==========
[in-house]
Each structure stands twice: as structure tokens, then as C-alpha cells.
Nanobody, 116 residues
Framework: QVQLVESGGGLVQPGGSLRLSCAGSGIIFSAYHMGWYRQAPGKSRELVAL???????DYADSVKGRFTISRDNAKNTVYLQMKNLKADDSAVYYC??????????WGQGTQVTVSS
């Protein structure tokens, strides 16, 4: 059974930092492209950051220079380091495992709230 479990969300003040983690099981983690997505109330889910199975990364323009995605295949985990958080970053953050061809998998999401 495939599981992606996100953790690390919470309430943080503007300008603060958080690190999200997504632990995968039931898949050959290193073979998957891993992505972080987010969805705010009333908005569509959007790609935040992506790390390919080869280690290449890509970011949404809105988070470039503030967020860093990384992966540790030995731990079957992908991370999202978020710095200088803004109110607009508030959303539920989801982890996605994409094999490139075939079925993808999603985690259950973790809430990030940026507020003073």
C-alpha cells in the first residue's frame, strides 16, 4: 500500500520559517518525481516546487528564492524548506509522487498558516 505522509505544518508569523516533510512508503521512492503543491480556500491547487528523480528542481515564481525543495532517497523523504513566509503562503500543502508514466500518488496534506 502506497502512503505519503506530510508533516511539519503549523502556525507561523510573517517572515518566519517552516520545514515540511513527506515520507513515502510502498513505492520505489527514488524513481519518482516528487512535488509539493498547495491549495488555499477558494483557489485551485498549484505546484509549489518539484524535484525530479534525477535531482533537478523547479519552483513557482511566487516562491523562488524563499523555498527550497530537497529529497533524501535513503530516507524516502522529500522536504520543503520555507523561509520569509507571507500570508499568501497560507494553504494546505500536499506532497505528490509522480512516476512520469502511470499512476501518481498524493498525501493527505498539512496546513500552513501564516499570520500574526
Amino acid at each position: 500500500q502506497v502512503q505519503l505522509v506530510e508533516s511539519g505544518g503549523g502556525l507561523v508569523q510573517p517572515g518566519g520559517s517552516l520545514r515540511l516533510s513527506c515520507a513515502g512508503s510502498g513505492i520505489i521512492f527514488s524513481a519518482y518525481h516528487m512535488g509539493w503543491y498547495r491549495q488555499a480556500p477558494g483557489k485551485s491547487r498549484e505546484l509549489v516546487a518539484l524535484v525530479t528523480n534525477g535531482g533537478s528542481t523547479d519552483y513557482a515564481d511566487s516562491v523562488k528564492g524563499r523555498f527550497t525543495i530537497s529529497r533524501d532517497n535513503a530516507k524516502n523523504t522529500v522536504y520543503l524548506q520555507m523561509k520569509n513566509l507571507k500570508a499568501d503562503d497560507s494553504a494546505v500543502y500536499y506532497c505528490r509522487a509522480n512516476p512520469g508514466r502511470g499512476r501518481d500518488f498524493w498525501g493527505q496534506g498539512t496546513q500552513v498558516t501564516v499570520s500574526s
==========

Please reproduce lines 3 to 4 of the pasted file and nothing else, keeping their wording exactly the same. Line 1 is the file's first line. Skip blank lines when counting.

Nanobody, 116 residues
Framework: QVQLVESGGGLVQPGGSLRLSCAGSGIIFSAYHMGWYRQAPGKSRELVAL???????DYADSVKGRFTISRDNAKNTVYLQMKNLKADDSAVYYC??????????WGQGTQVTVSS